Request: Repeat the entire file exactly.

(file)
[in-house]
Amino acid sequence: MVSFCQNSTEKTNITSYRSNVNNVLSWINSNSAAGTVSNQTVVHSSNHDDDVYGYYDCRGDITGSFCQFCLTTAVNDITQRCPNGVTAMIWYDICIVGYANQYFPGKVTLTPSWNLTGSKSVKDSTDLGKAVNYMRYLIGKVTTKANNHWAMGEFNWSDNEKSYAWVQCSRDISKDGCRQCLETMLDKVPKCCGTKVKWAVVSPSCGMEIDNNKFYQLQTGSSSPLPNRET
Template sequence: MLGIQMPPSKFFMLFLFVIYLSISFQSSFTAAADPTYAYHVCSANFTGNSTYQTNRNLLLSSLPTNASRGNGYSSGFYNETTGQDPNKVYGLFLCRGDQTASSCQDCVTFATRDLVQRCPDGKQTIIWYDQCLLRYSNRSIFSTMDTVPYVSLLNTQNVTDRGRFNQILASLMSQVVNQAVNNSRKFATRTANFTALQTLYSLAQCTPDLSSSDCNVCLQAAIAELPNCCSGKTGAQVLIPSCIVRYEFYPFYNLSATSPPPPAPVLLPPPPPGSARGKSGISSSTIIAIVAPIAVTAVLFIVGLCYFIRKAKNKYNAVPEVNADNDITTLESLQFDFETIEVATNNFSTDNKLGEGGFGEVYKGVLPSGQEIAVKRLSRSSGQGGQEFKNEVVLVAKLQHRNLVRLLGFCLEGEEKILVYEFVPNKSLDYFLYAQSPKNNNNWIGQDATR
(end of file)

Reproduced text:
[in-house]
Amino acid sequence: MVSFCQNSTEKTNITSYRSNVNNVLSWINSNSAAGTVSNQTVVHSSNHDDDVYGYYDCRGDITGSFCQFCLTTAVNDITQRCPNGVTAMIWYDICIVGYANQYFPGKVTLTPSWNLTGSKSVKDSTDLGKAVNYMRYLIGKVTTKANNHWAMGEFNWSDNEKSYAWVQCSRDISKDGCRQCLETMLDKVPKCCGTKVKWAVVSPSCGMEIDNNKFYQLQTGSSSPLPNRET
Template sequence: MLGIQMPPSKFFMLFLFVIYLSISFQSSFTAAADPTYAYHVCSANFTGNSTYQTNRNLLLSSLPTNASRGNGYSSGFYNETTGQDPNKVYGLFLCRGDQTASSCQDCVTFATRDLVQRCPDGKQTIIWYDQCLLRYSNRSIFSTMDTVPYVSLLNTQNVTDRGRFNQILASLMSQVVNQAVNNSRKFATRTANFTALQTLYSLAQCTPDLSSSDCNVCLQAAIAELPNCCSGKTGAQVLIPSCIVRYEFYPFYNLSATSPPPPAPVLLPPPPPGSARGKSGISSSTIIAIVAPIAVTAVLFIVGLCYFIRKAKNKYNAVPEVNADNDITTLESLQFDFETIEVATNNFSTDNKLGEGGFGEVYKGVLPSGQEIAVKRLSRSSGQGGQEFKNEVVLVAKLQHRNLVRLLGFCLEGEEKILVYEFVPNKSLDYFLYAQSPKNNNNWIGQDATR